Performance is one of those areas that web developers simply have to be aware of, understand and take responsibility for. And as with other overarching and underpinning principles that developers must take into account – security and accessibility are other good examples – there are, in fact, very specific ways in which devs can improve web performance.
Which brings me to Yoav Weiss. Because that’s what he does. He talks the talk and he walks the walk in his role as Principal Architect at Akamai Technologies, a web performance specialist who is constantly pushing for a faster web.
Here’s our Wrap summary.
Taking Back Control over Third Party Content
Yoav Weiss, Web Performance Specialist
Developers improve performance by optimising the critical rendering path, compressing images and making them responsive, anything they can.
Business requirements introduce code for third party content, and performance improvements disappear.
Other research has shown that 50% of the data downloaded on mobile is ad content.
Ad blockers have risen in use and extended to mobile browsers to control the ad madness.
Some content providers have introduced their own formats to force content to be reduced to a minimum for a distraction-free user experience.
Advertisers have responded in one way by making ads lightweight, served over https, supporting user choice and non-invasive.
Publishers are trying to influence users on how to manage rather than block ads.
“Our ecosystem is broken”.
Metrics used by third party content providers don’t focus on the user.
At one level we need to address the symptoms, at a deeper level address the underlying issues.
Ad content is often intrusive, confusing, misleading, greedy for bandwidth and processing power and sometimes dangerous to users.
Potential ways of mitigating the situation include:
async loading – synchronous loading leads to huge performance penalties.
• Accelerating ad loading by using
• Using service workers.
• Using content-security-policy (CSP) to tell browsers what kind of content to accept and from where.
• Isolating and managing third party content code with iframes with a sandbox feature.
• Using SafeFrame to allow third party content constrained access to the DOM.
• Getting third party content developers to use passive touch events rather than active.
• Getting third party content developers to use intersection observers that don’t take over scroll and touch events and continuously poll elements.
Do-not-track was an attempt to allow users to opt out of tracking, but when they did, ad providers stopped respecting it, which shows that browsers must be allowed to enforce user wishes.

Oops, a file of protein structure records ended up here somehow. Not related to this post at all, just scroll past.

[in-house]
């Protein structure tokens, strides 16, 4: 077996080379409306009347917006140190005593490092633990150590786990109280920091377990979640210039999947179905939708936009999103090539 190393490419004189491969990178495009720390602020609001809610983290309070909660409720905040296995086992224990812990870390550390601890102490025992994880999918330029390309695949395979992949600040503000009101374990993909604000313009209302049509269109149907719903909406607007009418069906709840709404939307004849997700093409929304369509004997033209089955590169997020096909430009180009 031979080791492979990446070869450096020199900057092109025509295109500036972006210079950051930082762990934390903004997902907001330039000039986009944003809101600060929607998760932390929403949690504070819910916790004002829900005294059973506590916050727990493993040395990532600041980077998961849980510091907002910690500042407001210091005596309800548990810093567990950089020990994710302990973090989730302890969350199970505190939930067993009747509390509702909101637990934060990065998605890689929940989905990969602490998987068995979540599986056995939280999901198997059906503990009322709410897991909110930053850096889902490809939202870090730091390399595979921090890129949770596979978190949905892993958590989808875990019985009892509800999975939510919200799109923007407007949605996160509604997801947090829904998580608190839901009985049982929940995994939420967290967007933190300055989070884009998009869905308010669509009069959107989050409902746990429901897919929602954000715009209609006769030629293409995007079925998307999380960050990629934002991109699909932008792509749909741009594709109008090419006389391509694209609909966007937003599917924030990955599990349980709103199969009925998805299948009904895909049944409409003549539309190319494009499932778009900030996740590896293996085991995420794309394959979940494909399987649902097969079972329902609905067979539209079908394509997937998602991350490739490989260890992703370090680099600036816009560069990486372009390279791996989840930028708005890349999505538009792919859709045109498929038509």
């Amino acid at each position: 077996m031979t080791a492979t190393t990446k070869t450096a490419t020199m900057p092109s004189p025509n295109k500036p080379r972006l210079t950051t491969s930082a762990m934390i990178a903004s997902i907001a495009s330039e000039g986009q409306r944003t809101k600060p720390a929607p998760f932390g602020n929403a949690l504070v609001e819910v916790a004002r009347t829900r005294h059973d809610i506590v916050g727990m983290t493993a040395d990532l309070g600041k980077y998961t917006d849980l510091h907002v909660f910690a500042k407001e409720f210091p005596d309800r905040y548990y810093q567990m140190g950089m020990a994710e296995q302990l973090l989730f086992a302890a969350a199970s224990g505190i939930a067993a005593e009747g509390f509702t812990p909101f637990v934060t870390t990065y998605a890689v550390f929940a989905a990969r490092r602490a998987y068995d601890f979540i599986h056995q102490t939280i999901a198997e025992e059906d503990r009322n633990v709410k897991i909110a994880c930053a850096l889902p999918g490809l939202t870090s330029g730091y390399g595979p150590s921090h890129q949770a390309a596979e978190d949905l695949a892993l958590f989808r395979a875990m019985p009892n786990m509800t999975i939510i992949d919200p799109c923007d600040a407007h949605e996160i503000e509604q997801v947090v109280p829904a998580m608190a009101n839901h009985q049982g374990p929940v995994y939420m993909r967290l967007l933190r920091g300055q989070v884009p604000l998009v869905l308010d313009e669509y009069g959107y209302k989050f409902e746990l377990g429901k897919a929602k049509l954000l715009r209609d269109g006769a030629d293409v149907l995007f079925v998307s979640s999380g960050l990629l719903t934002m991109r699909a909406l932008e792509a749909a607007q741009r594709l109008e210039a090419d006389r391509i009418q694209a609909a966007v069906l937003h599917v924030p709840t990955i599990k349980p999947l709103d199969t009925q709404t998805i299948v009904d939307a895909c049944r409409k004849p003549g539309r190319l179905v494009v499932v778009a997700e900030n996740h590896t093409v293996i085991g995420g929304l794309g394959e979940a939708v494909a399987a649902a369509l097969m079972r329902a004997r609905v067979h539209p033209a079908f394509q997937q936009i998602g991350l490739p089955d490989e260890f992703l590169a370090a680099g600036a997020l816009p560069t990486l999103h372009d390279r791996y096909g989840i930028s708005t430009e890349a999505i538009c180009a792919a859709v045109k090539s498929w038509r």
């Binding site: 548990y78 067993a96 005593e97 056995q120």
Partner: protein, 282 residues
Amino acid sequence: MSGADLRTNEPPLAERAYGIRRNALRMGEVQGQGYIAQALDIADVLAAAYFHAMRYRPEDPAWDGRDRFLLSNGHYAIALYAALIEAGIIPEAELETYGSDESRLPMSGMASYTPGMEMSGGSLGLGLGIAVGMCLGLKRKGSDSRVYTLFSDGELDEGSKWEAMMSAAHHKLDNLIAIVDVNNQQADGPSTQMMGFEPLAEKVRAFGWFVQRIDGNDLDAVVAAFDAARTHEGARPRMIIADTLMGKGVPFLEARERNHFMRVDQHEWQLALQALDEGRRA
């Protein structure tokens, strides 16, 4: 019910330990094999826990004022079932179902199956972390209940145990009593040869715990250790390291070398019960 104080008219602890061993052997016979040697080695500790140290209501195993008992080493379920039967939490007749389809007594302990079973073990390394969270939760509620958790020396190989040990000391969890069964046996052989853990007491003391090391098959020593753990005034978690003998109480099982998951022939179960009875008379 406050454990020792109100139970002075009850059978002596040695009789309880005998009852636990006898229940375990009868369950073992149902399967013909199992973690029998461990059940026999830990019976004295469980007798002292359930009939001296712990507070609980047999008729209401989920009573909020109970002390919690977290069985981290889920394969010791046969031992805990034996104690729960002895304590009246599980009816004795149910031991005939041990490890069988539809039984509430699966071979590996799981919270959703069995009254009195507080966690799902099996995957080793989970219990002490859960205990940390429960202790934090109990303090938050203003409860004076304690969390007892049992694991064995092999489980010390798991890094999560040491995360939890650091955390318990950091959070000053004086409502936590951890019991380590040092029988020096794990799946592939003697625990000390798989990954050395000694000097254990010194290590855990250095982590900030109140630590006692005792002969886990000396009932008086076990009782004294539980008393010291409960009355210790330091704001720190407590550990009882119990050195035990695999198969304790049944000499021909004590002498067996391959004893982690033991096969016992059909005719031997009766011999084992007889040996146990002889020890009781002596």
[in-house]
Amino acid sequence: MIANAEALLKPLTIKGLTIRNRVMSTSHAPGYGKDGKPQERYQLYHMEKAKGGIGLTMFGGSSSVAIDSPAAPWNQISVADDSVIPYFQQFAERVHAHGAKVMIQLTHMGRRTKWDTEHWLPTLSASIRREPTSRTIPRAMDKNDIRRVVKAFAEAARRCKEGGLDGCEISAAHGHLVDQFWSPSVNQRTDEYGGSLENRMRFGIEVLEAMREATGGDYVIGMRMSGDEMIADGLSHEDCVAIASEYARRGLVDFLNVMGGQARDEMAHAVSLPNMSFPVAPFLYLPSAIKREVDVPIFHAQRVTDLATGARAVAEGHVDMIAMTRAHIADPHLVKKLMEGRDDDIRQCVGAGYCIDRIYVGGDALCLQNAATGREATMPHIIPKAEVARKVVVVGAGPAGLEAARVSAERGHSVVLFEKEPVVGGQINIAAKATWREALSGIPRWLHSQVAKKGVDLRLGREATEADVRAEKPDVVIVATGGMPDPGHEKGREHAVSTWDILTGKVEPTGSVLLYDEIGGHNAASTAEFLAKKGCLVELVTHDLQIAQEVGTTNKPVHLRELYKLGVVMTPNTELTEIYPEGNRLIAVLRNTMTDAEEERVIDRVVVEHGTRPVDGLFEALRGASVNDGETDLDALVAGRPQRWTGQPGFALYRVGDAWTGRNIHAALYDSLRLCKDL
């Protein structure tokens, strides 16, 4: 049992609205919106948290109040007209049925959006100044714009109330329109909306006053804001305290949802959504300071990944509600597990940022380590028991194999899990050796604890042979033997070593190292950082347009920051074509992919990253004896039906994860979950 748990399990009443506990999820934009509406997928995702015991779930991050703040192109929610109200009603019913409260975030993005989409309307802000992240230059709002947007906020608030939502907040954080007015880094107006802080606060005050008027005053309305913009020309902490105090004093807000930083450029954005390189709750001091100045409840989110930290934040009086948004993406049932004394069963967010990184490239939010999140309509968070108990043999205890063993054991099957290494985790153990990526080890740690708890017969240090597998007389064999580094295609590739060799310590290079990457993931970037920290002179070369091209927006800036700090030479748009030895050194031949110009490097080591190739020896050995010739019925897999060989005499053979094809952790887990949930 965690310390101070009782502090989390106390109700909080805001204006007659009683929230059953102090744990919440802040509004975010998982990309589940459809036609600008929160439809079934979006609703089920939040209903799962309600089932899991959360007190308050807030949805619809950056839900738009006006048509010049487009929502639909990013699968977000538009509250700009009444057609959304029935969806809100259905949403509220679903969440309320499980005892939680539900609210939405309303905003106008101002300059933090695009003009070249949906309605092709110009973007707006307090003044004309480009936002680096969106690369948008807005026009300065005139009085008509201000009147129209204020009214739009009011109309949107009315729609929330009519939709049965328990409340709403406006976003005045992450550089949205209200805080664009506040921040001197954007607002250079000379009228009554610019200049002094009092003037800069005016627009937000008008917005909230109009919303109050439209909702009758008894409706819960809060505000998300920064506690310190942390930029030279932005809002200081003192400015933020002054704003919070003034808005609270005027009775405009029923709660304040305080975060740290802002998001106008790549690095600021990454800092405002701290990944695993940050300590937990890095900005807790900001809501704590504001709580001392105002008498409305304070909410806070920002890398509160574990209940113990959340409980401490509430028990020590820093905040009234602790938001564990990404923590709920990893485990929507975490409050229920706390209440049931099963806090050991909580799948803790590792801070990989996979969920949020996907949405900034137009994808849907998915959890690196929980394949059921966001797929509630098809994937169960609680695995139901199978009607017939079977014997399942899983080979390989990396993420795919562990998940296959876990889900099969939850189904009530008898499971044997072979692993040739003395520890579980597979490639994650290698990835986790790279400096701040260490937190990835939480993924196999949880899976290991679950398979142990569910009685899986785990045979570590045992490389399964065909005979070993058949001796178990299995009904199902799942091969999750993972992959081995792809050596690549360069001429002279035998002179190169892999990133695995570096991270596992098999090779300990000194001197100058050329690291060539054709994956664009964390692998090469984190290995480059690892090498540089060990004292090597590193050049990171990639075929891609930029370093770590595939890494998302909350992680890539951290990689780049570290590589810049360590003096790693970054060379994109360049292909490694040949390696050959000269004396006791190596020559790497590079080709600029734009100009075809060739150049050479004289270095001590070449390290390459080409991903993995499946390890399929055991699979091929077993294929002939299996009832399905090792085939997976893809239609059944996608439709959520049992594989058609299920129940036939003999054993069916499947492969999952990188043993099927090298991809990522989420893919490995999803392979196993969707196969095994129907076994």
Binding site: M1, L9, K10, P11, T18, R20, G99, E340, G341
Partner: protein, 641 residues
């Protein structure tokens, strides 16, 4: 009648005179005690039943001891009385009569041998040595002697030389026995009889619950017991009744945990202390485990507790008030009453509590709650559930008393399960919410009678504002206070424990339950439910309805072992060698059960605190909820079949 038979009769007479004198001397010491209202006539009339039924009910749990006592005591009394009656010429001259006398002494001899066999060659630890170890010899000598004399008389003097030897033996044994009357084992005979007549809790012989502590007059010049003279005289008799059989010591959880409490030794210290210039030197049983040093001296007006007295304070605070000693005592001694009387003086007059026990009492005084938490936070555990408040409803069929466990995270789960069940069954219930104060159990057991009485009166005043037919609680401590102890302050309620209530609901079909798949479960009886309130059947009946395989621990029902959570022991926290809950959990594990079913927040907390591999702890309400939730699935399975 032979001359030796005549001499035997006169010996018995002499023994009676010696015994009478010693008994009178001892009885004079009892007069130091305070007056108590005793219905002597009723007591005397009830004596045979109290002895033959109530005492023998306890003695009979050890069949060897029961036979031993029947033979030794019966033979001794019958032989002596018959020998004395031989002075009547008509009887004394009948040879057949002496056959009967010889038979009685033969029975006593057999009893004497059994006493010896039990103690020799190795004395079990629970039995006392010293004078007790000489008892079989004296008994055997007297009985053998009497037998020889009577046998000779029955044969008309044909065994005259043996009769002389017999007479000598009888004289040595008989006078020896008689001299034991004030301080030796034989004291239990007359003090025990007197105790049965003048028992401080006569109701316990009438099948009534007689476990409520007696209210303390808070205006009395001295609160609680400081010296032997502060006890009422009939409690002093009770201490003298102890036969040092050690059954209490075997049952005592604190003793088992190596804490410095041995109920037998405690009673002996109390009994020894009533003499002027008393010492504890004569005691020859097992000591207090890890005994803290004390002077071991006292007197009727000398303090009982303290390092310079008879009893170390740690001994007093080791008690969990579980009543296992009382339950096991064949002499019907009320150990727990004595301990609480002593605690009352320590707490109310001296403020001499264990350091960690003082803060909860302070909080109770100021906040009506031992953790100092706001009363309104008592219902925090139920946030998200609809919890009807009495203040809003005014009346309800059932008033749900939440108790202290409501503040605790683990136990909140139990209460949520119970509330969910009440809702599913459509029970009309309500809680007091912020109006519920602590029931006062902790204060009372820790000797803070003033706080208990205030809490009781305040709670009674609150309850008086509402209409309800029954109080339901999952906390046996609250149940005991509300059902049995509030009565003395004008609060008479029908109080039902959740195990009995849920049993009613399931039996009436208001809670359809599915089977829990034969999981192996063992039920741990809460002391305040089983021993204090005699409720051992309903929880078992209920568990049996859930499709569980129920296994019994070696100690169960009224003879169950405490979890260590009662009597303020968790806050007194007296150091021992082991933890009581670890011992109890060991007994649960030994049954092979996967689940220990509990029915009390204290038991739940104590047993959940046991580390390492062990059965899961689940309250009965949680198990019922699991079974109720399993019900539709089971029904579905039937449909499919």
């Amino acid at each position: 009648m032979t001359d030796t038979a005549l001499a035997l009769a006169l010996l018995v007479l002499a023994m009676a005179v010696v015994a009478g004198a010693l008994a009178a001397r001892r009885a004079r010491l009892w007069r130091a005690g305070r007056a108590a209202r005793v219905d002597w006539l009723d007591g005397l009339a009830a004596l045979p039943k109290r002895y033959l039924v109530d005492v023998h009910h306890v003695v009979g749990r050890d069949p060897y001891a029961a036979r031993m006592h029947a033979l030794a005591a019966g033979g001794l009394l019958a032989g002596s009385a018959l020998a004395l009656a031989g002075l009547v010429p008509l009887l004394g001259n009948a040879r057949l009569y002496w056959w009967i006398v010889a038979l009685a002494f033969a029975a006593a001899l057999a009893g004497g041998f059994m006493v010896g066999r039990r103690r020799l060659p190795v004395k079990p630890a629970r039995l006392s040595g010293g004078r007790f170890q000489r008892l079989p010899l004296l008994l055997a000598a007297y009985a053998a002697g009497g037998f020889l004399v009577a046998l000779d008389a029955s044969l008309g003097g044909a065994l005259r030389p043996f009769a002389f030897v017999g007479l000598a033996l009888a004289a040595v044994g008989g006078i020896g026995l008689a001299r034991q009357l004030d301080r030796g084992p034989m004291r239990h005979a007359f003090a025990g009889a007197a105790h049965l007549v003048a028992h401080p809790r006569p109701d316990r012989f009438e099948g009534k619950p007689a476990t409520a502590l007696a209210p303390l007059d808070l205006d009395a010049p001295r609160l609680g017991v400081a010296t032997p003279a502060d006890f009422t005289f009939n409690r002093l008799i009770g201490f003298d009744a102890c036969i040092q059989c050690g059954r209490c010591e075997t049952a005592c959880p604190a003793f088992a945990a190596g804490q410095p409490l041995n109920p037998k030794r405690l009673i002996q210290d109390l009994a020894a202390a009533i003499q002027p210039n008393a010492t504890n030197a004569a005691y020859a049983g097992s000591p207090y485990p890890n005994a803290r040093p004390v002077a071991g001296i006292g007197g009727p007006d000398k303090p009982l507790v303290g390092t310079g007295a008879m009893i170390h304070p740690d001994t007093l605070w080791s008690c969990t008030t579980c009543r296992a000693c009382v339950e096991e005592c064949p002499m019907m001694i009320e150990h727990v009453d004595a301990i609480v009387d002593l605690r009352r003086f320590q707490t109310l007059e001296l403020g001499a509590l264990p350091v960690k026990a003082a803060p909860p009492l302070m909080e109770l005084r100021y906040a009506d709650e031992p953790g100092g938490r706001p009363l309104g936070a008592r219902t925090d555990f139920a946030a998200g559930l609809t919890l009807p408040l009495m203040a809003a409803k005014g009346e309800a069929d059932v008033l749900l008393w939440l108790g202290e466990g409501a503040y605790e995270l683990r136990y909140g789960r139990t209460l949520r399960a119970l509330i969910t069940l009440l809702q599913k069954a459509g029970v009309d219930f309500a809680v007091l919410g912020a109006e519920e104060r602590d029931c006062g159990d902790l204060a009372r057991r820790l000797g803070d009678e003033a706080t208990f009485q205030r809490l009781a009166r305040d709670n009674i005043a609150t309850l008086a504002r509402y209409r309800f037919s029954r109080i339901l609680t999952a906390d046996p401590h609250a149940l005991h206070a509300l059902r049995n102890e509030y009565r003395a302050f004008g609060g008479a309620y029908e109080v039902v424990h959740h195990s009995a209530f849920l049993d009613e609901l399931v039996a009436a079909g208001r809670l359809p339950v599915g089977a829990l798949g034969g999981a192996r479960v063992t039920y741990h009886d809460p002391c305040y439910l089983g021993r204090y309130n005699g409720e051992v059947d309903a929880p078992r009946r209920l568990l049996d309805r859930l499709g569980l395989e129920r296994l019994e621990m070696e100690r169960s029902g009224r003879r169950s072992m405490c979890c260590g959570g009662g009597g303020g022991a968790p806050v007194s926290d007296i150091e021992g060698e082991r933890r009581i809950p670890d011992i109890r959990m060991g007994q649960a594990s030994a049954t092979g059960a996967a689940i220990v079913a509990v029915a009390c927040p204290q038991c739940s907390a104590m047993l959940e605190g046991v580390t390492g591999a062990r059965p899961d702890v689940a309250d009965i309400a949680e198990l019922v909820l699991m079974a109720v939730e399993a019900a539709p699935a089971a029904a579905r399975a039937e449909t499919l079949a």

Policies have been proposed to W3C around managing and limiting the effect on performance of specific features, including Synchronous XHR and document write.
A broad Content Performance Policy would also propose resource size limits so third party content providers can’t waste users’ bandwidth and data allowances, and priorities for CPU bandwidth so the most important content is not blocked.
Work is now also going into how the user experience can be defined so that policies can be set.
The best hope lies in giving site owners greater control so they can manage the user experience, smarter third part content embedding that does not block the user experience and ad blockers that take performance into account.
“Once you bring in third parties, they can do pretty much whatever they want.”
This is not a case of anyone being evil: everyone is doing what they think and hope is best.
Browsers are meant to give control to users – that’s why we call them user agents.
Initiatives like Google’s AMP don’t necessarily load faster but they load fast enough while delivering better performance.
To reach all users, publishers now have to consider HTML, AMP, Apple News and FB’s Instant Articles.
Ad blockers have led to ad blocker blockers and then ad blocker blocker blockers.
async loading, you’ll still have arbitrary code with full access to everything.
preconnect are less efficient for dynamic content.
There’s no way as yet to implement CSP on frames, which may limit its usefulness, and ultimately CSP is meant to be a security-oriented feature.
Third party content providers may not want to be iframed, their content may not be fully functional in iframes and content in iframes will still continue to add to the CPU load.
SafeFrame is not supported by all third party content providers.
None of this addresses privacy issues, as user data tracking is performed on the server, so the browser doesn’t have much say in it.